Many things God wills, but we don't do. That shows that there is a personal responsibility. Without your personal cooperation, just because it's God's will it is never going to happen. That notion that it's all God's will, if it's God's it will happen. A lot of people say that, “If it's God's will it will happen, brother.” No, no, no. Only when God's will becomes your will and your determination and your decision, then only it will happen. It is not going to happen just because it's God's will. God wills a lot of things, it never happens. God wills that we shouldn't sin, but a lot of people continue to sin because they had never willed. They never made sure that they will never go back to it. They were never determined.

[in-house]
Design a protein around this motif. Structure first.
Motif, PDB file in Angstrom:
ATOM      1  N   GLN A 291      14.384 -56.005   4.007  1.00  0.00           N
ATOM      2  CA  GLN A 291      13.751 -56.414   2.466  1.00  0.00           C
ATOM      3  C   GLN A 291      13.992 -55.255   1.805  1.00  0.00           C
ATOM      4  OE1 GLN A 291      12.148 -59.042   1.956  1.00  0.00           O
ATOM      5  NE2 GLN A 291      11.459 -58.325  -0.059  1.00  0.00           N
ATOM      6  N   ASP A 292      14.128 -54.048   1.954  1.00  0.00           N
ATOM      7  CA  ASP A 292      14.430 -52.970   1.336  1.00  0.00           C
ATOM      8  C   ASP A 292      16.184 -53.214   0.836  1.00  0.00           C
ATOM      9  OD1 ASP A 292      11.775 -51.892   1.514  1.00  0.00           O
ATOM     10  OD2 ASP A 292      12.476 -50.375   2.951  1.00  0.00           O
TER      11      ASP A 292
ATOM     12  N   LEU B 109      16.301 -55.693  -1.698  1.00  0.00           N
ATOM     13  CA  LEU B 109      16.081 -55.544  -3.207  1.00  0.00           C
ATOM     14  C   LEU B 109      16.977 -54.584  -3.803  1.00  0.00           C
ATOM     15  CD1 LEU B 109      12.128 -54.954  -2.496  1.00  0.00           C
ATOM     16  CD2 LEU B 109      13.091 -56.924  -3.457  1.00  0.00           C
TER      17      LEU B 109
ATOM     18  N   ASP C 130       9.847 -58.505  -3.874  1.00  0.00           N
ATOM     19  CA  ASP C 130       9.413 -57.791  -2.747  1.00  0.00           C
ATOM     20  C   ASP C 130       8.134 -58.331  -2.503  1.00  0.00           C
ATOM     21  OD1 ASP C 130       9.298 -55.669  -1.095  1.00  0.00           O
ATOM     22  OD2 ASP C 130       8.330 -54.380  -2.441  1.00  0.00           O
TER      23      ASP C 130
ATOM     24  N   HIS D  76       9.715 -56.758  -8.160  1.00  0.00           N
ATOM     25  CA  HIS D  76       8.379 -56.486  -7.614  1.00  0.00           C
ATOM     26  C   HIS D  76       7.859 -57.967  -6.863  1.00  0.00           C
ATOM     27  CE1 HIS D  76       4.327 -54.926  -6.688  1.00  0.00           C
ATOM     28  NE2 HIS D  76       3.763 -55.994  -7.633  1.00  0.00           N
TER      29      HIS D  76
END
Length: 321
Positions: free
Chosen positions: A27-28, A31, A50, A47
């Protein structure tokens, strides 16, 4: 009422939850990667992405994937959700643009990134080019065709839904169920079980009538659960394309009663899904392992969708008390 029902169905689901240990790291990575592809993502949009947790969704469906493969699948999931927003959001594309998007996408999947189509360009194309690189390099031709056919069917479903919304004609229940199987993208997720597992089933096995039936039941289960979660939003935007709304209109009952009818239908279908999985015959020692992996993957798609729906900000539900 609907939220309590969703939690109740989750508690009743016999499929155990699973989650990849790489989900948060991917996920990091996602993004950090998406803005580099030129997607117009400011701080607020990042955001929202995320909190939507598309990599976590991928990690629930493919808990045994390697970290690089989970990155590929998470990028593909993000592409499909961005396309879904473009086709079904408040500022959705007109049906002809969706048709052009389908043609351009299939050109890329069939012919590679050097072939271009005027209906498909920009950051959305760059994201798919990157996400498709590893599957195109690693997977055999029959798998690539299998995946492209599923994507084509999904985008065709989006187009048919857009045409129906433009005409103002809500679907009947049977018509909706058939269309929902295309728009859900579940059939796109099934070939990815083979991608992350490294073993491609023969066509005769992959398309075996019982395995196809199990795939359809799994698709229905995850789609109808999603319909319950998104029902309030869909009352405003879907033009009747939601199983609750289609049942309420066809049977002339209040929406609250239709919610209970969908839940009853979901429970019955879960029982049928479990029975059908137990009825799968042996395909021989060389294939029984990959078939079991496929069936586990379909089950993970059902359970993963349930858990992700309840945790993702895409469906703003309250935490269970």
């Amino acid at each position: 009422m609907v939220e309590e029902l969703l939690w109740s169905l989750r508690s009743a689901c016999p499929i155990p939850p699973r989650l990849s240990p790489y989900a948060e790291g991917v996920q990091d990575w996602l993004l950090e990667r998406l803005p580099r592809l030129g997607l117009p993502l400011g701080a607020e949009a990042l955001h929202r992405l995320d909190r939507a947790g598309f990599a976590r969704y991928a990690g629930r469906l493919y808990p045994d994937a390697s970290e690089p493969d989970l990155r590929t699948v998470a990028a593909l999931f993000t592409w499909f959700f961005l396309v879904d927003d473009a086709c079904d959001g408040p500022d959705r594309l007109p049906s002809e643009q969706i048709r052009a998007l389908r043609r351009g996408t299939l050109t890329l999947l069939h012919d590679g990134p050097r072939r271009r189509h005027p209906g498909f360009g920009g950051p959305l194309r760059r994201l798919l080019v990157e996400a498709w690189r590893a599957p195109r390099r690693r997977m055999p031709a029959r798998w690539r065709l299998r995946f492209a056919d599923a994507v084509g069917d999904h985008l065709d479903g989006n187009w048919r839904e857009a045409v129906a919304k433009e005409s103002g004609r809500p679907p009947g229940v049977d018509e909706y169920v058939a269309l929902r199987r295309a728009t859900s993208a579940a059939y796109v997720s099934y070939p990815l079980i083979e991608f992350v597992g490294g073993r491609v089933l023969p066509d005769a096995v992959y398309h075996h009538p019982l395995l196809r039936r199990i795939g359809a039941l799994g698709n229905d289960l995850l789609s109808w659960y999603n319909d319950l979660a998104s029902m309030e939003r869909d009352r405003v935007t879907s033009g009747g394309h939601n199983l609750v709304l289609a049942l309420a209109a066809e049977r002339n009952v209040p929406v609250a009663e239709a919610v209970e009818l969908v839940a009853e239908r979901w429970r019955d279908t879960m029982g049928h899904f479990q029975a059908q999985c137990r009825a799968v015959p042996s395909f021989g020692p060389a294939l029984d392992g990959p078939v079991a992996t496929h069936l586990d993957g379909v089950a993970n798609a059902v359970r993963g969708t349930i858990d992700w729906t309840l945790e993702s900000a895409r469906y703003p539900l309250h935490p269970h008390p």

So, our responsibility is there. See, God doesn't take away our will whether in salvation or in Christian life. Our will is always involved. God respects our will because He made us in His image and likeness. One of the greatest treasures that God has given to us is will, the ability to will. In the fall, something terrible happened to the will. Did you know that? In the fall, the devil could not take away the will. But the power to do what a man wills was taken away. Terrible. It's like a policeman having uniform but has no authority. You're dressed in a policeman's attire; you got the uniform, but you can't do a thing. People think you got all authority, but you have no authority. Will is there but you cannot do... Read chapter 7 of Romans, I don't have the time to go through it, try to read chapter, I've taught it verse by verse here. It says, the thing that I want to do, and I know that it's right, and it's the will of God, and it's the commandment of God, the commandments of God are good. They're righteous, he says. And I know I must do it. But yet, I'm not able to do what I know to be good.